Forging a career in the artworld is no walk in the park. It takes hard work, commitment and bucket loads of self-belief. Sadly, and more common than you may realise, making a living is made even harder when an artist’s work is used without consent and without the appropriate payment. On 13th April 2021, two artists decided to file a $5 million law suit against the self-proclaimed celeb chef ‘Salt Bae’ for illegally using their work on all manner of promotional goods.
The two artists in question are Logan Hicks and Joe Iurato, who back in 2017, were commissioned by internet star and chef to the celebs Salt Bae to produce a piece of art for his restaurant in New York. The artwork of the chef captured him in his weird-but-now-famous-sprinkling-salt-pose.
Following this piece they were commissioned again to produce others for his restaurants in Miami and in Doha. At this point the business relationship was fine. They did the work, they got paid.
According to Logan in a statement on his Facebook page, “Each commission came with a signed contract dictating the terms of the usage, where it could be located, what it could be used for and who retained the copyright (it’s us)”.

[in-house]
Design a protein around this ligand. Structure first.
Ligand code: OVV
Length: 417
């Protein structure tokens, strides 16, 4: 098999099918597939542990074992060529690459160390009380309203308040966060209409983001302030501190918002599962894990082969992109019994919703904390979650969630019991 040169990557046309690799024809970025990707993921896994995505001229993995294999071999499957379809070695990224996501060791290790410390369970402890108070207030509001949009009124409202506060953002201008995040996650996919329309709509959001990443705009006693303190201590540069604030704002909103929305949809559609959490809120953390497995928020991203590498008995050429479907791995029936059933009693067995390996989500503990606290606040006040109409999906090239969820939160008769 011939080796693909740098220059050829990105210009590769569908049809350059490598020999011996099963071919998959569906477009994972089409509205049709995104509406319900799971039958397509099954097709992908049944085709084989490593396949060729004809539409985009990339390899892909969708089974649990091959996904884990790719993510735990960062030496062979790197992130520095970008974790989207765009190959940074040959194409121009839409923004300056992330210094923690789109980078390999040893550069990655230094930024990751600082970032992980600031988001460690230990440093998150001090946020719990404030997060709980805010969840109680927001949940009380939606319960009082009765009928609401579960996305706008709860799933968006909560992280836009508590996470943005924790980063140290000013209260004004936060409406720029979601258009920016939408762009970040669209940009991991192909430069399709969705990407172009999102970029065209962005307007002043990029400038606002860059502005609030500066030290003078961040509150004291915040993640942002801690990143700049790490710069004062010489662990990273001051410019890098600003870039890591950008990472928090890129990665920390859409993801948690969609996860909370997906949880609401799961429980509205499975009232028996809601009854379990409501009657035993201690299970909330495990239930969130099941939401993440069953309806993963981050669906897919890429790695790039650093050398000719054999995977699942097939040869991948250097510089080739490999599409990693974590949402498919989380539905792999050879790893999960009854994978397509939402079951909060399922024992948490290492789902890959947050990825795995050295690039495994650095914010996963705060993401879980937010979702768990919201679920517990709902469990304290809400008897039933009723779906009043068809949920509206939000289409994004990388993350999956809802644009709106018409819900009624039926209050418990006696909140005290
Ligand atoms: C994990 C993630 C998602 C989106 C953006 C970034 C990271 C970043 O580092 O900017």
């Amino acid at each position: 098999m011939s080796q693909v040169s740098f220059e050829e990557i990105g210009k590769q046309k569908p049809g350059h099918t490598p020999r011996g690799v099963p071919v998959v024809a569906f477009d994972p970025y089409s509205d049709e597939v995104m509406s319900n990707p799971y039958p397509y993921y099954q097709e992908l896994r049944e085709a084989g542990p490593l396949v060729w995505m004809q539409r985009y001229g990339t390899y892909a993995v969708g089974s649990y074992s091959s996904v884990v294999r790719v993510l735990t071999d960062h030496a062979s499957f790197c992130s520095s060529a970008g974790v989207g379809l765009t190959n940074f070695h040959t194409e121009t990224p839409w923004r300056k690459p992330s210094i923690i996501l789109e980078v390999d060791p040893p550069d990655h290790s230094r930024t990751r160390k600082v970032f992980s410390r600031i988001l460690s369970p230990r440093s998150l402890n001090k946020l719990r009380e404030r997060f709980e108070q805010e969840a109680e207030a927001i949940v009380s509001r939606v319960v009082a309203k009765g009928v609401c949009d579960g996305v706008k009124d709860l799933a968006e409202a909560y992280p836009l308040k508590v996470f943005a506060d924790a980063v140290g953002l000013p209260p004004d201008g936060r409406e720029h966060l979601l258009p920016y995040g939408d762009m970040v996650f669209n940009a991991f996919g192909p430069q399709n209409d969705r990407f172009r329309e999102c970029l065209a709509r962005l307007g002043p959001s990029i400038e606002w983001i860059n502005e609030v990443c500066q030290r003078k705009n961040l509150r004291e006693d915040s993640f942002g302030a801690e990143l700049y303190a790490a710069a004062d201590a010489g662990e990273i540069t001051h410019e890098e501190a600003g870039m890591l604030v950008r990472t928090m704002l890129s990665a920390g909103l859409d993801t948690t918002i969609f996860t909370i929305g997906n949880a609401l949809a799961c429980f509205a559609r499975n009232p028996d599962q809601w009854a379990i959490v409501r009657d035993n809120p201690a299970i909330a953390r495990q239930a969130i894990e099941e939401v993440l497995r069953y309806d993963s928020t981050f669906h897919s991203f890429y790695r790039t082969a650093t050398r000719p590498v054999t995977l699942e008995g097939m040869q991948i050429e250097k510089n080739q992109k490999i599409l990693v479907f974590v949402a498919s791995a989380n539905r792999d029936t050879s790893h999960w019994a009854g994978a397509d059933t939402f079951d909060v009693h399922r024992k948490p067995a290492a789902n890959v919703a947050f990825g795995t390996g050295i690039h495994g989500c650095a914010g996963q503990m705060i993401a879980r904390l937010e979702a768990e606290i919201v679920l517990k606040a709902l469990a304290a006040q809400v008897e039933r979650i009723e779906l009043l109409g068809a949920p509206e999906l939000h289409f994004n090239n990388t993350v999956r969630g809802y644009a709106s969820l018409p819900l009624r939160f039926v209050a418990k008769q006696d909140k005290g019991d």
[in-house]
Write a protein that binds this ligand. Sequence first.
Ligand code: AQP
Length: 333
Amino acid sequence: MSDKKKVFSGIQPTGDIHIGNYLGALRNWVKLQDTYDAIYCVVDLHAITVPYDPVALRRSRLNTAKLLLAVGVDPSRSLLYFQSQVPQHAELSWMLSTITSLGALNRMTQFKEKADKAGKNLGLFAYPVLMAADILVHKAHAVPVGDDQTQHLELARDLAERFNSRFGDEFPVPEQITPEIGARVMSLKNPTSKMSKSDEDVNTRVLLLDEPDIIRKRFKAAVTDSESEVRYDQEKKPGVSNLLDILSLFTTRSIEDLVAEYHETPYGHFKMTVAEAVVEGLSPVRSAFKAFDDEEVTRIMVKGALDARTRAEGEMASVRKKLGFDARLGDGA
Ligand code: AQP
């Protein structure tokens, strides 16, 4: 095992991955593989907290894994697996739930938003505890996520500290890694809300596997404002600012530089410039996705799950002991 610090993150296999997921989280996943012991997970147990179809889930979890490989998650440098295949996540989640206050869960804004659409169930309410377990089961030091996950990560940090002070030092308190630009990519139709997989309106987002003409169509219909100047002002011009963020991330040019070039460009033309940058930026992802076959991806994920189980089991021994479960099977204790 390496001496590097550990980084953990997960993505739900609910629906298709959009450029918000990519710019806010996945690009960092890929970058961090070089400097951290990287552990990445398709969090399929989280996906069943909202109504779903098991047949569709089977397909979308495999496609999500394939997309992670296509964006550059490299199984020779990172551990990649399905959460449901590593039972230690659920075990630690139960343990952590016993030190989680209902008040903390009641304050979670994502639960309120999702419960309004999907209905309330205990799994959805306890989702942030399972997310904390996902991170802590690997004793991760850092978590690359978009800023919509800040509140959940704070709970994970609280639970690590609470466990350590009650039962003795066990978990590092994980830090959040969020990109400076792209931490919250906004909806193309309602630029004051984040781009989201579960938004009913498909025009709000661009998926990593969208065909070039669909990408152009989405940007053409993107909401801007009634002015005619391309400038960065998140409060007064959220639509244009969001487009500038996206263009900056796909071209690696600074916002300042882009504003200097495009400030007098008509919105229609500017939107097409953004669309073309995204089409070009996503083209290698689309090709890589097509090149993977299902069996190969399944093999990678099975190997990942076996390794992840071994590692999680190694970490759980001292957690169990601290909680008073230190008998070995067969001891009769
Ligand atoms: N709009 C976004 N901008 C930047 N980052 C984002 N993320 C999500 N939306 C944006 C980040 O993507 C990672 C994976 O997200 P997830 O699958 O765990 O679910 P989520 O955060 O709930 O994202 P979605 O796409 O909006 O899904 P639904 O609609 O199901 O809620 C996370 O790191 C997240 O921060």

Now this is where the problem occurs. It appears that ‘Salt Bae’ decided to ignore all this small print and go ahead and use the artwork on pretty much anything he fancied including branding for his low end Salt Bae burger joints, a range of salt and spice products, menus, take out bags and even wet wipes!
As a result of this breach, Logan Hicks and Joe Iurato sought the help of legal firm KG Law and on 13th April 2021 filed a $5 million lawsuit against Salt Bae for unlawful use of their artwork.
Salt Bae, real name Nusret Gökçe, became an internet viral sensation when videos showing him wowing celebs, as he removes clean bones from cuts of meat and sprinkling salt in his own unique style, began popping up on social media.
According to one of the pages from the law suit, Salt Bae is now worth over $50 million and owns 15 luxury restaurants where you can purchase a 24 karat gold leaf encrusted steak for the bargain price of $1,000.
As you can imagine, artists Hicks and Iurato are not amused by this blatant illegal use of their work and we completely understand why they felt the need to take a stand. Companies need to start working with artists rather than using these underhand tactics and assuming we’re just going to sit back and allow it to happen.
Fingers crossed Salt Bae gets his just desserts (apologies for the pun) and that it sends a message to all companies out there that think artwork is free to use without the artist’s permission.